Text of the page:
In the latest of our series, FlightGlobal takes a view from behind the cockpit door with an opinion from Captain Alan Bamford, an A320 training captain for a large European carrier.
Right now, there are two kinds of pilots. Those who have been made redundant and those at risk. Whichever group you fall into, the past few months will have been a rollercoaster ride. You probably struggled with feelings of devastating loss, helplessness and lack of purpose, especially if this was the first time you’ve experienced a downturn. Then you accepted the situation and tried to plan for every eventuality. After all, that’s what pilots do. Project ahead as far as possible, identify problems and find ways to mitigate them.
When airlines began parking their fleets, I started thinking about other careers. But rather than feeling prepared and reassured, I identified more problems than opportunities. However, I’m fortunate enough to have a career coach in my circle of friends. Talking about my situation helped me pinpoint why I feel so uncomfortable right now and think more constructively about my future. Their advice was simple and surprising: not everything has to be permanent or long term, be prepared to try something new, and don’t talk yourself out of opportunities.
I also got some homework: write a skill-based CV and talk to people outside aviation about their jobs. The former helped me realise just how many transferrable skills we have, the latter showed me we don’t just hold our own: pilots really do have market-leading transferrable skills that can solve genuine problems in other sectors.
The issue is how we sell ourselves to people and organisations that know very little about what we actually do. It is easy to list areas of strength such as resilience, leadership, communication, time management, problem solving, and so on, but generic statements don’t do our training and experience justice. Just like a briefing, saying what you can do isn’t enough. It’s all about the how.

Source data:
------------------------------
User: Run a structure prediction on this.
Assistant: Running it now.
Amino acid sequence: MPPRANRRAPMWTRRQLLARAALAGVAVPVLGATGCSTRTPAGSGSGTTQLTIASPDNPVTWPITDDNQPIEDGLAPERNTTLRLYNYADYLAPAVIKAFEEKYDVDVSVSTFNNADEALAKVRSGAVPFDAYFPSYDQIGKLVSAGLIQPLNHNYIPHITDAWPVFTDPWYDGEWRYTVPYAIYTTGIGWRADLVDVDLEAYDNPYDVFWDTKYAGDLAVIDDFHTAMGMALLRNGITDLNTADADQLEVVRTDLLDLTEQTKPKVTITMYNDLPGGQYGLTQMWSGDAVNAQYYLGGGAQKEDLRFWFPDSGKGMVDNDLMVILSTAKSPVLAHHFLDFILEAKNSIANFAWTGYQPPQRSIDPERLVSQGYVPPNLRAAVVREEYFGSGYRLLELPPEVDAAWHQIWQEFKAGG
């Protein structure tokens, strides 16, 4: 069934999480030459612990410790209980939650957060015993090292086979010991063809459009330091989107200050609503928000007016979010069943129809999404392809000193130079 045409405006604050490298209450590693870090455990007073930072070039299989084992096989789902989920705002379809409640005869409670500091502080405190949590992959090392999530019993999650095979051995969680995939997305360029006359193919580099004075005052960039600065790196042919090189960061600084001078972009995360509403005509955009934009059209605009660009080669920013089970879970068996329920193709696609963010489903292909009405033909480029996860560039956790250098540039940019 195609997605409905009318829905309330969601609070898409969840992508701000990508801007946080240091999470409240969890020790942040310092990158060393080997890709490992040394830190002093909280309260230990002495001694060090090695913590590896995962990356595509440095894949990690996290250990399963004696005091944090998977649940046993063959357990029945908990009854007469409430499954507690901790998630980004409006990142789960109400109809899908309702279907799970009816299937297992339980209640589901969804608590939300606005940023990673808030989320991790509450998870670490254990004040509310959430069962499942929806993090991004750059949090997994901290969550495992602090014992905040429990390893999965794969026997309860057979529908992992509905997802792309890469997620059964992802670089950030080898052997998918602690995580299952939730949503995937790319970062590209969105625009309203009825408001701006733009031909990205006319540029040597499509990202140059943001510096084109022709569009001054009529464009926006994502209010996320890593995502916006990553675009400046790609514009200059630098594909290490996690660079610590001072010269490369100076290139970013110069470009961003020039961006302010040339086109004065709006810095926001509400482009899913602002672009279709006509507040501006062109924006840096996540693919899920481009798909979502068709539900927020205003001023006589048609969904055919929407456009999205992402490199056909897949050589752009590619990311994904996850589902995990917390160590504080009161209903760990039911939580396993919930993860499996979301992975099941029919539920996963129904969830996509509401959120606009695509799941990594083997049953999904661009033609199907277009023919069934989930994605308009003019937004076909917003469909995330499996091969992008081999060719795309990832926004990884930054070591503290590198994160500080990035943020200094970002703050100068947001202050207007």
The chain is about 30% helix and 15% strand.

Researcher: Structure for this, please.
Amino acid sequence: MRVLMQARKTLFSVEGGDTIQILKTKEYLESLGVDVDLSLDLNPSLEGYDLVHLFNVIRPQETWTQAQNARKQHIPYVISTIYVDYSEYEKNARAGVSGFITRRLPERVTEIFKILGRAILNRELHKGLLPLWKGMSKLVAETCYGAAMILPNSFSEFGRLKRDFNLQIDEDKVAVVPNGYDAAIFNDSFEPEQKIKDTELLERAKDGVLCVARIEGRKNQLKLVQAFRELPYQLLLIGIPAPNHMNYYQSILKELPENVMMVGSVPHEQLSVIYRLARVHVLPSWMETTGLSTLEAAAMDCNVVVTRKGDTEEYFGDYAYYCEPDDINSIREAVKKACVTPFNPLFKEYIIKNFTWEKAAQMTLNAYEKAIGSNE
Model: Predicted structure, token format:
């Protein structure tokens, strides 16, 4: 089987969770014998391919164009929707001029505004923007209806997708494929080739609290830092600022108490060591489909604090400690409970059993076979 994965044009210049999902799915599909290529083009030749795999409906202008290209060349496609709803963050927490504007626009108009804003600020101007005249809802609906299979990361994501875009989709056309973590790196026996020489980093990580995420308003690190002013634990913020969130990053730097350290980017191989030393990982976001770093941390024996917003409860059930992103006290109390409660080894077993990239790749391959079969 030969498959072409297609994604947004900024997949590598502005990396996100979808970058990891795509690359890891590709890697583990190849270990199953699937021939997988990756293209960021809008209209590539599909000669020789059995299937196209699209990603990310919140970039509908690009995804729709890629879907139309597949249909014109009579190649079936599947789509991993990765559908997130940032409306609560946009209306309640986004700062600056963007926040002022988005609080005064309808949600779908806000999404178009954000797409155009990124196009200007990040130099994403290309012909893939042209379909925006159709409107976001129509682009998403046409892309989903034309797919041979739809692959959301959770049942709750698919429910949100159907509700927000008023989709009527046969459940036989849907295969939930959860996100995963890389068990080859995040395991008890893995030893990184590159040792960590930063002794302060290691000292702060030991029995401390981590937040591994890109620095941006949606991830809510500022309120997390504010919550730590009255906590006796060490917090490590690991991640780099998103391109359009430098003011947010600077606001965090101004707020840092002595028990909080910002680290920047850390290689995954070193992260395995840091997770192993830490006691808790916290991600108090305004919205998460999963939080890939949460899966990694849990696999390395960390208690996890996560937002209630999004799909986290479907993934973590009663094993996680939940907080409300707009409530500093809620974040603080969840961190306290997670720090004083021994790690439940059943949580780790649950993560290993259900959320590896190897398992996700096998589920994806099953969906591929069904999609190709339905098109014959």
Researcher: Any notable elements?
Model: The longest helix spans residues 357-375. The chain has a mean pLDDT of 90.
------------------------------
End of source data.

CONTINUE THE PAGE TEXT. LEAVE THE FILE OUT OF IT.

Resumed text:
Take leadership for example. I often hear friends with 9 to 5 jobs complaining of micromanaging bosses. Why is it that captains feel confident allowing an inexperienced first officer to handle a 70t jet while others outside the flightdeck struggle to delegate the photocopying? Pilots are used to delegating significant responsibility, and it works because the pilot making that decision has clearly defined the boundaries of an acceptable performance and rehearsed how they will intervene if things don’t go to plan. This approach is easily transferrable to other roles.
Communication is an obvious strength, but again the devil is in the detail. Recruiters may not appreciate that we fly with completely different crews every day. Each time we report, we build an effective team from scratch. We build rapport, find points of empathy and common experience and create an atmosphere for open communication. Above all, we know the value of involving team members and giving them a reason to come along with us. We’re also adept at varying our communication style to suit different audiences. Imagine a technical problem delays your departure. Solving it requires communication with several groups of people: flightdeck colleagues, cabin crew, engineers, ground staff and our customers. All require different levels of technical detail, honesty and reassurance. An experienced pilot will have the emotional intelligence to recognise these needs and seamlessly adapt.
Emotional intelligence brings me neatly to our unique selling point. Working in a safety-critical industry gives you specialist training in areas overlooked by many, but which are applicable to all walks of life. Airlines learned about human factors the hard way, and all pilots carry the lessons learned. We have realistic expectations of human behaviour and performance. Mistakes are inevitable, so we focus on learning from them and finding error-tolerant ways of working. Unlike the general public, we have an honest appreciation of risk. We know it can’t be eliminated, merely mitigated and balanced against commercial pressures. We understand the importance of following rules and procedures, but we also know the difference between meaningful compliance and box ticking. Most importantly in these times, we understand the power of organisational culture. We recognise that all employees need to own and shape it, and the change is a long journey that doesn’t happen overnight. These insights will allow pilots to bring value to any organisation.
My only fear is the rest of the world hasn’t caught up and doesn’t know what it’s missing. In this regard, pilots could use some help. I’d like to see unions and professional institutions reaching out to major employers in other sectors, extolling the value of our experience and creating a market for ex-airline labour. For the first time in history, these organisations will be judged not on what they do within the industry, but on how they help their members find employment outside.
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